On Jul 31, 2006, at 9:58 AM, Robert Sanderson wrote:
>>> I'm going to flipflop and prefer '==' to 'eq' now, because I don't
>>> think that the disadvantage of == is real :)
>> query language construct. If the query language can capture 80 of the
>> cases with the "basic" relational operations, uniary flags and
>> boolean operators used is query languages today, why dirty it up with
>> more complexity, If folks are going to adopt the technology, the
>> learning curve and simplicity are key to its success and popularity.
> I don't buy this argument. If we wanted to use SQL, we'd just SQL.
> Secondly, SQL is not what I would describe as simple or having a
> learning curve. XQuery is in another league in terms of complexity.
> And both are syntactic, not semantic/contextual. That aside...
But the equivalency relations I point out from XPath 2.0 before "are
simple" use "eq" for exact and and "=" for contains, this applies for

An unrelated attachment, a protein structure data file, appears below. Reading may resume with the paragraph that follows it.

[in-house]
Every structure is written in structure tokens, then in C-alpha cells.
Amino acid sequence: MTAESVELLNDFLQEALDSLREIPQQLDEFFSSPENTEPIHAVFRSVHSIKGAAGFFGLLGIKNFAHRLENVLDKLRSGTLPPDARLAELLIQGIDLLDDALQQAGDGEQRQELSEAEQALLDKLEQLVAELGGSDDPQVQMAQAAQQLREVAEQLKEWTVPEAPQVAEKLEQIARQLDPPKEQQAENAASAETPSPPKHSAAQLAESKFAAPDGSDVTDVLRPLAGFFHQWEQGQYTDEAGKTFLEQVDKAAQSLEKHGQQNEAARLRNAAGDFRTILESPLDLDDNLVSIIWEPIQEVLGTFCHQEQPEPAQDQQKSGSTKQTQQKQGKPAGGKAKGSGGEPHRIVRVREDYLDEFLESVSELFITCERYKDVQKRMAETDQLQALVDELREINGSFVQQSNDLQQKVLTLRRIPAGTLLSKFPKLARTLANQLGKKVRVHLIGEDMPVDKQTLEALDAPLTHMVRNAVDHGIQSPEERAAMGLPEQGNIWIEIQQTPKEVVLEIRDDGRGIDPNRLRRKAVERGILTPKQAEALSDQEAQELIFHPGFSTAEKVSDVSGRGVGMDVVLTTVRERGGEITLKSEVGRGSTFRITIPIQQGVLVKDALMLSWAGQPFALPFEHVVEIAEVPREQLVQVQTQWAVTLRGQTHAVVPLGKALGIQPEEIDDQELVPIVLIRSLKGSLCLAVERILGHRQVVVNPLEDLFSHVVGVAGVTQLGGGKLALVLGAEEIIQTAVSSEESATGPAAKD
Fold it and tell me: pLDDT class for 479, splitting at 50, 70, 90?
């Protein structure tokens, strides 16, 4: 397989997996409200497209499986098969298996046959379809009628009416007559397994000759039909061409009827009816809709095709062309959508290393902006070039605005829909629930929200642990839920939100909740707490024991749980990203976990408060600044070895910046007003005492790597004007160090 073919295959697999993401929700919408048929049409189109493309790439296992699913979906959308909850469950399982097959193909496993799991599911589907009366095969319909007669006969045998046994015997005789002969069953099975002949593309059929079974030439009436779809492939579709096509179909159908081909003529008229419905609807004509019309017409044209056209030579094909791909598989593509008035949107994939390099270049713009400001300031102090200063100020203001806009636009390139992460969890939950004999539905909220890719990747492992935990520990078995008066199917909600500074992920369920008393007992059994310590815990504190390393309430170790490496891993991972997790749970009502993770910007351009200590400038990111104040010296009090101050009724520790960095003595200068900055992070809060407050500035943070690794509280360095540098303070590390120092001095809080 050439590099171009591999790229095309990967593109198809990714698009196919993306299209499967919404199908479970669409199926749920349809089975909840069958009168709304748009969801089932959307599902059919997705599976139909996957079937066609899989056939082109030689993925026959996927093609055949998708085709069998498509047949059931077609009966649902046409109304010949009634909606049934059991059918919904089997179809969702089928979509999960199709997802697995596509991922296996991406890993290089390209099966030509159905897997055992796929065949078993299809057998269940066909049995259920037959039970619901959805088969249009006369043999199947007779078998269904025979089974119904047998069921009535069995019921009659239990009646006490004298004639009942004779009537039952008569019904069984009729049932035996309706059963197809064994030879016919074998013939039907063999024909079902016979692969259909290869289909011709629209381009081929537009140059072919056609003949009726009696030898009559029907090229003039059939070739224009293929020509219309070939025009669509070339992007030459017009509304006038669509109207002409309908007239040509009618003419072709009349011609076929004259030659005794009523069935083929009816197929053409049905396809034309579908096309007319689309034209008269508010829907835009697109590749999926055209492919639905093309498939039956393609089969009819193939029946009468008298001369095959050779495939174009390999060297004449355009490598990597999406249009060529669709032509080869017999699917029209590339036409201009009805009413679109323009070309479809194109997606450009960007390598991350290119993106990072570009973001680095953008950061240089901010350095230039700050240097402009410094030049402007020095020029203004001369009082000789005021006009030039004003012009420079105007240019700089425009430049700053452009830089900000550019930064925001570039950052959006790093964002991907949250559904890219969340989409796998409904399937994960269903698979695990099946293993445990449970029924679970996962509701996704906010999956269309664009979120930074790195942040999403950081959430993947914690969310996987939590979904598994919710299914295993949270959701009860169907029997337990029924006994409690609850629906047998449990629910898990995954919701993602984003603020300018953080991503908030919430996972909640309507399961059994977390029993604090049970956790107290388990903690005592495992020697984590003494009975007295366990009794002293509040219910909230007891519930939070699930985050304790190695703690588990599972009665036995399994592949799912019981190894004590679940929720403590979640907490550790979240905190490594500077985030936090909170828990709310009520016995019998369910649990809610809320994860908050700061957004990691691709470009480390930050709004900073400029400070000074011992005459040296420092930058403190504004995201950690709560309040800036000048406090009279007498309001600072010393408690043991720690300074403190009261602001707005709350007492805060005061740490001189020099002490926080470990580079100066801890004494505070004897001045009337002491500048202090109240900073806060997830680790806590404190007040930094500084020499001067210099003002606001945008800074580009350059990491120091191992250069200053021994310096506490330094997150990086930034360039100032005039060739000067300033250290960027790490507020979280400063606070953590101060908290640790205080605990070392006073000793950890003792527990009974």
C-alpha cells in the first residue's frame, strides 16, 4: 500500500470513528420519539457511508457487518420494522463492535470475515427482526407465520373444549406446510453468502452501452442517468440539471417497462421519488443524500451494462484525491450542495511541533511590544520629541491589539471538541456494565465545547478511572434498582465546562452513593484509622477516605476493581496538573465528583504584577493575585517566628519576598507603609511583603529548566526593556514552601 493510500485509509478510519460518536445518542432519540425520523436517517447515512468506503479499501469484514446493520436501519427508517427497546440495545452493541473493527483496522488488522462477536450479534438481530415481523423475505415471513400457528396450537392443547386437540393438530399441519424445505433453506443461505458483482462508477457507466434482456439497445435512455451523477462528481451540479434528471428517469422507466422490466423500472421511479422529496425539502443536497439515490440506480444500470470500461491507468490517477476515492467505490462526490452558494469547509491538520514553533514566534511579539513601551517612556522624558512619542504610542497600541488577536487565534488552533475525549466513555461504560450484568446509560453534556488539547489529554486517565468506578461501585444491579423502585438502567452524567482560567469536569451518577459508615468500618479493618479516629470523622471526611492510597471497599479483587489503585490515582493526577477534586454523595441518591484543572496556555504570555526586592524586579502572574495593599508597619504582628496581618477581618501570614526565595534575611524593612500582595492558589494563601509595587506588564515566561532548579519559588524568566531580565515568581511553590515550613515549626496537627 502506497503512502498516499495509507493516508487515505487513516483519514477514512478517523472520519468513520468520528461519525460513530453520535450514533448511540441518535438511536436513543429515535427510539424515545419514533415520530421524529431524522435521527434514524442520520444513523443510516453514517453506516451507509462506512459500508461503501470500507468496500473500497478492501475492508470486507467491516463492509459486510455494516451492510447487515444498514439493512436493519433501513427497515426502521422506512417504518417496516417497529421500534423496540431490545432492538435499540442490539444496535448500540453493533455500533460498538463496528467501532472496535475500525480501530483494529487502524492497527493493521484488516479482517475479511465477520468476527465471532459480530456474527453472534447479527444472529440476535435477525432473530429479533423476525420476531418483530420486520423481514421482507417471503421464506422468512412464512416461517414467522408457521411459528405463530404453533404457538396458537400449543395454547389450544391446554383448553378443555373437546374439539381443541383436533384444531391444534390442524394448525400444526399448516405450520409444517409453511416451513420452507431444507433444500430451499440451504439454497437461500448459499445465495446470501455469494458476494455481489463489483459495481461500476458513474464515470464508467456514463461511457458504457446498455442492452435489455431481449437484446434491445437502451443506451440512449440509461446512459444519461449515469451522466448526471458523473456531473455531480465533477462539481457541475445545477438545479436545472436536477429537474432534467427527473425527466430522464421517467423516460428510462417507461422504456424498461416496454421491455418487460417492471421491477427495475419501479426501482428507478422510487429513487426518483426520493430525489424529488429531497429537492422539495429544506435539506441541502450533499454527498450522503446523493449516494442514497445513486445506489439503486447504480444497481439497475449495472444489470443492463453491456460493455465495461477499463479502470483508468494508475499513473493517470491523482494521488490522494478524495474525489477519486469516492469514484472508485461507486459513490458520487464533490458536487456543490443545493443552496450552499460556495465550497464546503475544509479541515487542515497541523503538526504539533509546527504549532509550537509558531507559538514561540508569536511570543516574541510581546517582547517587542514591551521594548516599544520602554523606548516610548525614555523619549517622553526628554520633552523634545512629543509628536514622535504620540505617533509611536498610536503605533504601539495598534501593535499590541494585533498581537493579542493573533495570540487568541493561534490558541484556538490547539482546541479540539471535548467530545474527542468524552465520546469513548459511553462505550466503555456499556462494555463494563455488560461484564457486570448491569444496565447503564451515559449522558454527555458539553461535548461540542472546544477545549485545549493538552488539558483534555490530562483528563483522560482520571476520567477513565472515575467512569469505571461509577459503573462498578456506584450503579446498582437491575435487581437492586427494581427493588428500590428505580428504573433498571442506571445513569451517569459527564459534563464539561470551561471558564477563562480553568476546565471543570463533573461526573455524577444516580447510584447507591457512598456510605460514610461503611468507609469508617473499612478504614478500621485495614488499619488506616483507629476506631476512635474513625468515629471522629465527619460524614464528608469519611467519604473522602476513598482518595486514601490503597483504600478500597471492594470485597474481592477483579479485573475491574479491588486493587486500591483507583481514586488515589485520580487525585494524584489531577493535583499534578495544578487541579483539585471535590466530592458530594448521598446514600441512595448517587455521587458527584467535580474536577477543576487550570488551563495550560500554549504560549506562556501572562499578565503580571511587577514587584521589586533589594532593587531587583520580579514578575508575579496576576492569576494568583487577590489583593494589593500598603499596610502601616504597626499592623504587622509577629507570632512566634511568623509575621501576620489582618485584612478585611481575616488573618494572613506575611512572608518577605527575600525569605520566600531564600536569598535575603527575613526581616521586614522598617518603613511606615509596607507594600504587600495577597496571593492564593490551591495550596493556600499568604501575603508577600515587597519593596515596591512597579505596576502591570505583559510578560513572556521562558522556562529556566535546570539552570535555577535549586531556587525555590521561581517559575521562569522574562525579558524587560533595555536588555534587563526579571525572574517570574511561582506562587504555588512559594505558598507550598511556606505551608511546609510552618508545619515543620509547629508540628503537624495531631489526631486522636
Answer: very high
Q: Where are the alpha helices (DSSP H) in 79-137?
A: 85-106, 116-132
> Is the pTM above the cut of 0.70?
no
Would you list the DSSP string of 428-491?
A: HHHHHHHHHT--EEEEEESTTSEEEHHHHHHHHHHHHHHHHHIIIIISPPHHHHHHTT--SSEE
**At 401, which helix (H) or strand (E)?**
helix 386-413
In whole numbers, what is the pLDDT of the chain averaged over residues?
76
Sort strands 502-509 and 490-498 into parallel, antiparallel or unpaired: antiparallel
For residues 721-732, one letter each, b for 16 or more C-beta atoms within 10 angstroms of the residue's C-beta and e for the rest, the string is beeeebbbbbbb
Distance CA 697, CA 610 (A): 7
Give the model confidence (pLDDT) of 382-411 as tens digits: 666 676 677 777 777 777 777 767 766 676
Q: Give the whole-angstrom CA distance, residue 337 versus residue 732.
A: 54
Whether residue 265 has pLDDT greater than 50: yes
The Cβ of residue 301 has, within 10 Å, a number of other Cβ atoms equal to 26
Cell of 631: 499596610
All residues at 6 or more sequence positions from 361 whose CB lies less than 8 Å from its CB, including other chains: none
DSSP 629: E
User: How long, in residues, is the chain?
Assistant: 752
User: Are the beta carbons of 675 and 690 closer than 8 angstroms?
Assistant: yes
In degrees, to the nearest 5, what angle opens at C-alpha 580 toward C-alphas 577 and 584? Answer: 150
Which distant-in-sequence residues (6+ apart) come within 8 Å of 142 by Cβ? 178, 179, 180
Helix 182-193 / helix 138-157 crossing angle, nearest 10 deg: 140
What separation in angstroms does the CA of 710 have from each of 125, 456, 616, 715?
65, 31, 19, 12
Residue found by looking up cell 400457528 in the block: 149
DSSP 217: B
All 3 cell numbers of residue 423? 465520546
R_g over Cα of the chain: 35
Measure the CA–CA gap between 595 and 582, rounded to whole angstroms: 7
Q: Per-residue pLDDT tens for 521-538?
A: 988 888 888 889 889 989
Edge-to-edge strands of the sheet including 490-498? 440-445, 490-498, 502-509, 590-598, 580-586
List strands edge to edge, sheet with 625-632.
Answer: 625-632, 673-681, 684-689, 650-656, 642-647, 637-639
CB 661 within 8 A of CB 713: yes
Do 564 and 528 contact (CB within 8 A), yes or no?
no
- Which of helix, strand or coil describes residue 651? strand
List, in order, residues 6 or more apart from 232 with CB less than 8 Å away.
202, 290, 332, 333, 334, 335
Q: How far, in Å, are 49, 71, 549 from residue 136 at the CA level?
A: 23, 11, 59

"ne" and "!=" as well. Yes the context is slightly different but I
would highly recommend this strategy of "latter based" vs "symbol
based" to classify these two sets of relations. Thats all...
> The simple fact is that CQL needs an equality relation. Given that
> there is the strong desire (to make the learning curve shallower) to
> make word queries do the right thing using '=', it cannot be '='.
> eg: dc.title = "fellowship of the ring"
> should *not* do an exact equality search for that string.
I think I'm being misinterpreted because I wasn't being clear enough.
I wasn't really suggesting what you state here.
> however dc.identifier = "http://foo.org/foo/1.2/1" and some.number
> = 6 should both perform exact equality searches, the first string and
> the second numeric. With these requirements, '=' must be the 'do the
> right thing' relation.
Well, implementations like Lucene also factor in index field "type"
that effect how relations are handled. dc.date=2006/12/31 (dc:date
being of type date) while ds.description=2006/12/31 are two very
different searches depending on how the fields are defined in Lucene.
> The main options for what the equality relation is to be called are
> 'eq', 'is', '=='
> None of which are relations with the same semantics in other query
> languages, to my knowledge.
Sorry, I probably abused the word semantics. I just prefer the XPath
approach to classifying equivalency relations, thats all.
Mark R. Diggory
DSpace Systems Manager
MIT Libraries, Systems and Technology Services
Massachusetts Institute of Technology